We originally planned to show AI WEIWEI, the documentary about the famous dissident Chinese artist, October 11, but a shipping mishap forced us to postpone. AI WEIWEI (pronounced Aye-Way-Way) will close out the Fall season of the Cape Breton Island Film Series this Thursday.
From the Boston Globe:
Remember Tank Man? The unknown Chinese protester who stalled a line of armored vehicles during the 1989 crackdown in Tiananmen Square? What he was to those tanks, the artist-provocateur Ai Weiwei is to the entire Chinese government: a solitary figure who simply will not back down.
Alison Klayman’s documentary, AI WEIWEI: NEVER SORRY, is one of the most engagingly powerful movies of the year almost completely on the strength of Ai’s rumpled charisma and the confusion it creates in the bureaucratic mindset of the Chinese Communist Party. A big, burly bear of a man, with a caustic sense of humor behind deadpan eyes, he’s a culture jammer who began as an artist with political tendencies but has become an activist who happens to make art. The film captures the events of 2010 and early 2011, when Ai’s stubborn insistence on being heard — on the right of every Chinese man and woman to be heard — was gathering force and making him an icon both in China and internationally.
The artist had already stirred the pot before the 2008 Summer Olympics, when he designed the famous “Bird’s Nest” stadium in Beijing only to disparage the upcoming event itself as PRC propaganda. The May 2008 Sichuan earthquake radicalized him further, and when “Never Sorry” opens, Ai is completing his project to compile a list of more than 5,000 children who died in poorly constructed government schools. He posts the list on his blog; the government shuts it down. He turns to Twitter, wielding the app like an aphoristic rapier. When he travels to Chengdu to testify at the trial of a fellow activist the police break into his hotel room at night and beat him.
Here’s what makes Ai Weiwei different from other gadflies, though: He films everything. The video of the Chengdu attack is astonishing not for what we see — most of it takes place in the dark — but what we hear: the police at the door repeatedly demanding entrance and Ai just as repeatedly demanding to know why, for whom, by what right. A gathering at an outdoor restaurant later in the film is totalitarianism as farce, Ai’s videographer videotaping the cop who’s videotaping Ai. Every encounter with authority is charged with institutional menace on one side and on the other by a coolly comic certainty that’s awe-inspiring. The tools of state intimidation just don’t work with this man.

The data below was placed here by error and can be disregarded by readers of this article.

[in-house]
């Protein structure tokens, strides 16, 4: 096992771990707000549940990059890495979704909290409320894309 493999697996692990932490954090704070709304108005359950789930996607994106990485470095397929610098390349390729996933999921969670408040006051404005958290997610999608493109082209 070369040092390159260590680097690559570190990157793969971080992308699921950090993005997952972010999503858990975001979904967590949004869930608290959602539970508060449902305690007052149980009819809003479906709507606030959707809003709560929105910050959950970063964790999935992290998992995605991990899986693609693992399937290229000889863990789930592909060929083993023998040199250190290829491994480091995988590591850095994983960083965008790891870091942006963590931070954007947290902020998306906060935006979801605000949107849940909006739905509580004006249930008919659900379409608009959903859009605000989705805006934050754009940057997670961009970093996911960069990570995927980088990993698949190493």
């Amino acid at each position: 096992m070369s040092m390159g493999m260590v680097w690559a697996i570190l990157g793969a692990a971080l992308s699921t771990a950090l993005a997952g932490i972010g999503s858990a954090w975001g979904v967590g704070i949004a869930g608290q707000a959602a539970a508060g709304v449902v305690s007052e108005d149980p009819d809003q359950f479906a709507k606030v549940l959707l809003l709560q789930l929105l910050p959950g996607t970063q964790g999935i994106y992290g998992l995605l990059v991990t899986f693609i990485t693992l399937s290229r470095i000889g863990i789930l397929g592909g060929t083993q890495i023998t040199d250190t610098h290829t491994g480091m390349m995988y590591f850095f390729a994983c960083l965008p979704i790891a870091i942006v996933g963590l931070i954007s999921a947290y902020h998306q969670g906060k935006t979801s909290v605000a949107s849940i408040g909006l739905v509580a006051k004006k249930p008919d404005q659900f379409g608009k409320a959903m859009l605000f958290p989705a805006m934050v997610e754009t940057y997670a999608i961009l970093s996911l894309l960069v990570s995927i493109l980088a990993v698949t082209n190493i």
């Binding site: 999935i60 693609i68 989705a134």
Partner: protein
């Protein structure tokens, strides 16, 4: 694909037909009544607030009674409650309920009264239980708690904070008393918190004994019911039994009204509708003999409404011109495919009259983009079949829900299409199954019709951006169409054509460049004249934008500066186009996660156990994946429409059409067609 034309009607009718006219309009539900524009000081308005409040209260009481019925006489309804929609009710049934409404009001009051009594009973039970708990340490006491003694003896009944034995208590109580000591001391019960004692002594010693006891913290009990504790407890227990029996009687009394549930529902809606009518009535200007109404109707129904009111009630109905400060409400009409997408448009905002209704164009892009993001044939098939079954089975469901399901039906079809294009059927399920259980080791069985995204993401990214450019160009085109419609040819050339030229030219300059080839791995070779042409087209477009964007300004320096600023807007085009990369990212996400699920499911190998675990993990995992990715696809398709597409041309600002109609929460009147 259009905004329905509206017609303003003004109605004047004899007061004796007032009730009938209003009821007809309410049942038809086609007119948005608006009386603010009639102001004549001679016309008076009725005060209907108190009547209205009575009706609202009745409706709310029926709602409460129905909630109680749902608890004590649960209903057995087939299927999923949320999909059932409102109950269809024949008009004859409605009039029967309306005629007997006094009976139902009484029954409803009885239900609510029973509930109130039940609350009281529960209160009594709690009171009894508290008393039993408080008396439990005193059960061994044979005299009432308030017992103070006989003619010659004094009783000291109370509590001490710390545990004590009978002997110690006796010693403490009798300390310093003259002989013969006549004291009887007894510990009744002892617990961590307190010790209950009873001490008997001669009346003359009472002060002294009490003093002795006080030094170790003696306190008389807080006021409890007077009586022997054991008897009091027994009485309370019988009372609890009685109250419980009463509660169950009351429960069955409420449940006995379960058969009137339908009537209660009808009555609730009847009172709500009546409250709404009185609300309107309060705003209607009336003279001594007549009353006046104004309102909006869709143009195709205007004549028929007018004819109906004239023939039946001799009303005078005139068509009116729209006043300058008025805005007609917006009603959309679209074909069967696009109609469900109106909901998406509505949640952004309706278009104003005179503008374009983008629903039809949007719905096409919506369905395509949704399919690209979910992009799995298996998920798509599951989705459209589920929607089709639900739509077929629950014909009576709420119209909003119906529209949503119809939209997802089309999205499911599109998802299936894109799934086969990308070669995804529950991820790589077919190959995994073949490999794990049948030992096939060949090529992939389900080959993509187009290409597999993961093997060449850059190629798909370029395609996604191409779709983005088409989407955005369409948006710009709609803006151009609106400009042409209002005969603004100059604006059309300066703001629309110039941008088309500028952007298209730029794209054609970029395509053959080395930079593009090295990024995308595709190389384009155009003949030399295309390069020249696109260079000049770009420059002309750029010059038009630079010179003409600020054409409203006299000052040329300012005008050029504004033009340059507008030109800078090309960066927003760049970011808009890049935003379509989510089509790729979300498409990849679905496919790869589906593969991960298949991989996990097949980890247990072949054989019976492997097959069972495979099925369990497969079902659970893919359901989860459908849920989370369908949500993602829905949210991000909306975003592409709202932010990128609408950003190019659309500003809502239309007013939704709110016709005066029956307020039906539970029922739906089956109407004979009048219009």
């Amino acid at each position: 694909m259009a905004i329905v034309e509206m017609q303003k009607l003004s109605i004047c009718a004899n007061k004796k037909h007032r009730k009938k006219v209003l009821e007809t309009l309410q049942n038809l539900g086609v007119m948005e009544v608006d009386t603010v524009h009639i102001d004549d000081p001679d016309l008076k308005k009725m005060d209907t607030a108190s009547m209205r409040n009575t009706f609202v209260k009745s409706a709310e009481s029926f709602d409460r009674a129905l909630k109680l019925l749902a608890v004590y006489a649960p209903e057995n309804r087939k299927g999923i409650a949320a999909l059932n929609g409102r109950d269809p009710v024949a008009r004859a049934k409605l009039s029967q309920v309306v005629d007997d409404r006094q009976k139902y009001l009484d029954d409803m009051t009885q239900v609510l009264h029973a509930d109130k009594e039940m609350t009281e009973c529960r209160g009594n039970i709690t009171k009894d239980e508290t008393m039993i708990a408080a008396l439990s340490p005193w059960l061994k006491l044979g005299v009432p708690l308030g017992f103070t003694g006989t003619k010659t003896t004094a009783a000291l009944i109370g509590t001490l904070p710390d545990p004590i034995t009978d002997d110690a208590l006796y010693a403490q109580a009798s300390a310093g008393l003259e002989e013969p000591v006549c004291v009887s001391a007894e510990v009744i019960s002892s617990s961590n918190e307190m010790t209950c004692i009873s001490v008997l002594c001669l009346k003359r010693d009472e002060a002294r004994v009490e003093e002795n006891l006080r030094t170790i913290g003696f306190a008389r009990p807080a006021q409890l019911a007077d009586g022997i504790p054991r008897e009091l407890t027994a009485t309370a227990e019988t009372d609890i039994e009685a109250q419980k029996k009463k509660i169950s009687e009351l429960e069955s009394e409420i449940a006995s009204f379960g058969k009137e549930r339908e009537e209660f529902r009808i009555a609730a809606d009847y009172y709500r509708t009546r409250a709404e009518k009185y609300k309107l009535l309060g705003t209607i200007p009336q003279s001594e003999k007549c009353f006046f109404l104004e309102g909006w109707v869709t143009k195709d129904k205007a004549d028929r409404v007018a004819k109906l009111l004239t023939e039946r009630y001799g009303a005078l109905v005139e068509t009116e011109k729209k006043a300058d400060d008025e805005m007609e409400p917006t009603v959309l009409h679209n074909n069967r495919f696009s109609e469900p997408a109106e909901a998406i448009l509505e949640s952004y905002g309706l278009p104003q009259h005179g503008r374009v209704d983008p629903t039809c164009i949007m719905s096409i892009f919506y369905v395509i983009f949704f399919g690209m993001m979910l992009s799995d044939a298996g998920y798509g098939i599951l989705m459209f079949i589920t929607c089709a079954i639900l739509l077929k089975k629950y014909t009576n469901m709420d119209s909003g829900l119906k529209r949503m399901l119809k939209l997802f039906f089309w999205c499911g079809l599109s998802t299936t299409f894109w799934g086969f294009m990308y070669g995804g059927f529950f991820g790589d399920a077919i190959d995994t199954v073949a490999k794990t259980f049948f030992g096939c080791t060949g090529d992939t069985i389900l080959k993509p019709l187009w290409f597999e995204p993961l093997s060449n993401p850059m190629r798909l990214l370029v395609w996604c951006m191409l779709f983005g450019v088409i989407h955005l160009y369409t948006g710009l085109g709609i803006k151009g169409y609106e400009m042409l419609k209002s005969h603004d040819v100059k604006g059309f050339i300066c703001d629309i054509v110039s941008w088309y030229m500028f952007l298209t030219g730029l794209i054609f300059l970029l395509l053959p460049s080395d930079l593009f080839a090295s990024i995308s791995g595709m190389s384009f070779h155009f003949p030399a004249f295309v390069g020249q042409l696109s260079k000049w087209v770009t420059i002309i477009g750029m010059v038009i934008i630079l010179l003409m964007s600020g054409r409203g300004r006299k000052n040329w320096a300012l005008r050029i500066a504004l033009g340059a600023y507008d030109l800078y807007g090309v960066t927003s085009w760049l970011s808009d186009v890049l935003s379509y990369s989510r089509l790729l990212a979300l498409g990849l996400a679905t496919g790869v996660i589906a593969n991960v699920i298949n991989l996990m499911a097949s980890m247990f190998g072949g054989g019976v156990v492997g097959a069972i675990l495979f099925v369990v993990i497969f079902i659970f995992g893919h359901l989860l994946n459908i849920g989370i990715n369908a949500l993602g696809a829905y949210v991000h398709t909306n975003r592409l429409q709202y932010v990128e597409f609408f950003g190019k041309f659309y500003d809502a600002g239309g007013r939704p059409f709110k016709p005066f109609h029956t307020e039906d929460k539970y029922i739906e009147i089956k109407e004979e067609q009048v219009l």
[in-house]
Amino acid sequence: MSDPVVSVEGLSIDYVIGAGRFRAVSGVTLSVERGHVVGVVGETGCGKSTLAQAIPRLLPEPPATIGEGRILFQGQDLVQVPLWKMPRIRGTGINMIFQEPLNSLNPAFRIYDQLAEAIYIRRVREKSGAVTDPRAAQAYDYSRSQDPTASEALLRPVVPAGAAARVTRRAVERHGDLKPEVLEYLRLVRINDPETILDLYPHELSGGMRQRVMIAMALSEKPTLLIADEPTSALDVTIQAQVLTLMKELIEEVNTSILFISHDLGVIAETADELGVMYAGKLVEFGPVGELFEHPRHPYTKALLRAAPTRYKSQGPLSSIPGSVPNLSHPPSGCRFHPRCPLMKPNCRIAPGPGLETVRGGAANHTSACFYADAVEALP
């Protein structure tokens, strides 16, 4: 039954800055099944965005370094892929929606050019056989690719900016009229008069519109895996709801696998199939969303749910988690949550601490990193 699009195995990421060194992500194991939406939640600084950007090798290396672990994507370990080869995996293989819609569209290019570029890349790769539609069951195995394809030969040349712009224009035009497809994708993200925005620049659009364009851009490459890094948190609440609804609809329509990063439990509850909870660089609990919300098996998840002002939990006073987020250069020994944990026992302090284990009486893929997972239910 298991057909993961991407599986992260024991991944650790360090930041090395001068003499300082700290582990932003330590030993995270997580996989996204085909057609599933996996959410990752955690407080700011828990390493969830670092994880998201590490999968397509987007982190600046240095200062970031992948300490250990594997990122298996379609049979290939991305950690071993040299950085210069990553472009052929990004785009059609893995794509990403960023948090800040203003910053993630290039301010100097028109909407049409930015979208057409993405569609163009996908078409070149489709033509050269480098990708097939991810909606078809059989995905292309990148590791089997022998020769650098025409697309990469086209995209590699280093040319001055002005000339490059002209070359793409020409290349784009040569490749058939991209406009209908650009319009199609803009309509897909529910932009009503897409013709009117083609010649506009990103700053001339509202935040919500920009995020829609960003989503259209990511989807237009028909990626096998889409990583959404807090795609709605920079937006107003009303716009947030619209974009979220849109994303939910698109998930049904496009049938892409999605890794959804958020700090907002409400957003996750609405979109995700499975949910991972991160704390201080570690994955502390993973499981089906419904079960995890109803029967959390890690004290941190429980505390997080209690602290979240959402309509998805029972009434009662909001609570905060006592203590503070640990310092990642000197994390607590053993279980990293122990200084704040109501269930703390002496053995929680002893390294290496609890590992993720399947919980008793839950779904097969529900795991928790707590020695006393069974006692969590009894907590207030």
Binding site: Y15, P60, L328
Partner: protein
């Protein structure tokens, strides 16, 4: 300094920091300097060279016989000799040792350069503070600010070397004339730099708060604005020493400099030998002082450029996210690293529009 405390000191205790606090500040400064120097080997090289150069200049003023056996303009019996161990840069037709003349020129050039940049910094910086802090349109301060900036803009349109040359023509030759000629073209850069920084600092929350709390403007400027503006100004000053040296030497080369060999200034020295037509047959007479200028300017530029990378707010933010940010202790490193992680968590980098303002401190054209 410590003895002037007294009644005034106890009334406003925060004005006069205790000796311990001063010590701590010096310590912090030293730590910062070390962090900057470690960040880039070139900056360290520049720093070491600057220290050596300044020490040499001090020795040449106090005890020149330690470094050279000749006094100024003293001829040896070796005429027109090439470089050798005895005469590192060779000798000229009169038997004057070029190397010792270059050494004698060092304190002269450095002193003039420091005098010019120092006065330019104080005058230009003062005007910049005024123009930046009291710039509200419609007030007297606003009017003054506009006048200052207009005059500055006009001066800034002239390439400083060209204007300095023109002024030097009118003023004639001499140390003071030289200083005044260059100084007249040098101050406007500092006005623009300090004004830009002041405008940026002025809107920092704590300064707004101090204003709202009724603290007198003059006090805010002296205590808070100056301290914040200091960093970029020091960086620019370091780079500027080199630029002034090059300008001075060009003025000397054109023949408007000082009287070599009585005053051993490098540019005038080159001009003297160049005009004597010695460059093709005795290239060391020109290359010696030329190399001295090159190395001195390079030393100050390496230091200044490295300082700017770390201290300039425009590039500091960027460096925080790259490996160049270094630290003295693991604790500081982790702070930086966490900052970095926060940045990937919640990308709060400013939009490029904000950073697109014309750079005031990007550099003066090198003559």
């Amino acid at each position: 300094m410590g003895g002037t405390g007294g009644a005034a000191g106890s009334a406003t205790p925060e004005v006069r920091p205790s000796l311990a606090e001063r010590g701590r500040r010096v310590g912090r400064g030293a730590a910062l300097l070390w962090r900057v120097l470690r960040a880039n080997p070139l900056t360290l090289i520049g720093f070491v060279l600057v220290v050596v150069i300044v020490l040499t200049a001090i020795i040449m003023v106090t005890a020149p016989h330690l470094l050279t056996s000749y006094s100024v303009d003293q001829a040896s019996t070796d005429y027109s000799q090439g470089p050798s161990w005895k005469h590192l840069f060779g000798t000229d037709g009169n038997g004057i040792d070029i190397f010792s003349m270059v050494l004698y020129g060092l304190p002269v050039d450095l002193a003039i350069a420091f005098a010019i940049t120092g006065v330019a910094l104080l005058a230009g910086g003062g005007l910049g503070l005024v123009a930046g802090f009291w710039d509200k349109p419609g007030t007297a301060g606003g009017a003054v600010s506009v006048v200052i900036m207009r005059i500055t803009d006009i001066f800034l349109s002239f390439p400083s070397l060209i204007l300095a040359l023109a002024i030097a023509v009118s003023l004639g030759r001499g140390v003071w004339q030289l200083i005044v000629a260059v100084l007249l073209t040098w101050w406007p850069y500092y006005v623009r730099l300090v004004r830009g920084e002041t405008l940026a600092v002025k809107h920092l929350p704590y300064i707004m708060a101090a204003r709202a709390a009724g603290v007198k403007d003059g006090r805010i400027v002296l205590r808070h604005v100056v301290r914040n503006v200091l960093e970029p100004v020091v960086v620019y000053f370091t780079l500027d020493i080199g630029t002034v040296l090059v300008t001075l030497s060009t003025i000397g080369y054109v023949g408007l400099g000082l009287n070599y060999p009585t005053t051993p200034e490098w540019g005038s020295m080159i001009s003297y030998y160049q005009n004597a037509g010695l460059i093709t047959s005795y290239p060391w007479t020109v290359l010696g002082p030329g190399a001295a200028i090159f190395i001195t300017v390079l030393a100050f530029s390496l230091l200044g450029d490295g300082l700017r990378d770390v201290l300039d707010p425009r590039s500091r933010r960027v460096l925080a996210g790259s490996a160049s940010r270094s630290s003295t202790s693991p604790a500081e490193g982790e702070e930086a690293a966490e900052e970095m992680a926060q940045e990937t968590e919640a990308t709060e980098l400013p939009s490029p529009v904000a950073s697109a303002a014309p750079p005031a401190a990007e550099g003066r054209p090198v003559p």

AI WEIWEI: NEVER SORRY plays one show only, 7 p.m., Thursday, DECEMBER 6, at the Empire Theatres Studio 10, 325 Prince St., Sydney. Tickets: $11; Students $7. All prices include HST.
A nurse, a paramedic, a gymnast, and her coach offer a service for hire: guerilla grief counseling. They stand in, by appointment, for dead people, hired by relatives, friends, or colleagues of the deceased seeking comfort in their loss.
The company is called Alps. Its leader, the paramedic, calls himself Mont Blanc. Although company members mostly adhere to the discipline demanded by their leader, the nurse is known to freelance.
The young Greek director Yorgos Lanthimos rocketed to fame three years ago when his third film, DOGTOOTH, won a top prize and Cannes and an Oscar nomination for Best Foreign Film. Anyone who saw DOGTOOTH, writes Liam Lacey in the Globe and Mail, “will find ALPS familiar, in the sense that it’s completely strange.”
Whatever missteps he makes, Lanthimos, a difficult but undeniable talent, manages to pass quite near one of the essential conundrums of being human: How do we confront the lack in this world? – Village Voice
ALPS plays one show only, 7 p.m, Thursday, November 29, at the Empire Theatre, 325 Prince Street, Sydney. Tickets $11. Students: $7. All prices include HST.
Don DeLillo’s 2003 novel “Cosmopolis” has furnished David Cronenberg with a superbly written text set mostly in a stretch limo. The director has transformed it into an eccentric and beautiful-looking movie——a languid, deadpan, conceptualist joke. He matches DeLillo’s clipped dialoge with a style of filmmaking that is classically measured and calm, without an extra shot or cut.
The hero is one of those young capitalist predators who have been haunting American fiction (“The Bonfire of the Vanities,” “American Psycho”). Eric Michael Packer (Robert Pattinson) is a twenty-eight-year-old asset manager whose life is at once completely protected and utterly vulnerable.
He steps into his limo in the morning in a Gucci suit and dark glasses, and announces his intention to cross Manhattan for a haircut. But his progress through the city is impeded by the traffic-snarling appearance of the President.
In “Crash,” speed and recklessness behind the wheel kept the movie going, but this time life in a car has literally slowed to a crawl. Various people visit Eric, including two twerpy geniuses who stare at handheld devices and give investment counsel; an old lover (Juliette Binoche); a doctor who carries out a medical exam; and a pretty blonde (Sarah Gadon) who turns out to be Packer’s wife of 22 days.
Cosmopolis is the work of a master filmmaker determined to have us think about the ideas packed into the trunk of this limo bound for the furthest corners of the psyche. — Toronto Star
COSMOPOLIS plays one show only, 7 p.m., Thursday, November 22, at the Empire Theatre Studio 10, Sydney. Tickets $11; students $7. Prices include HST.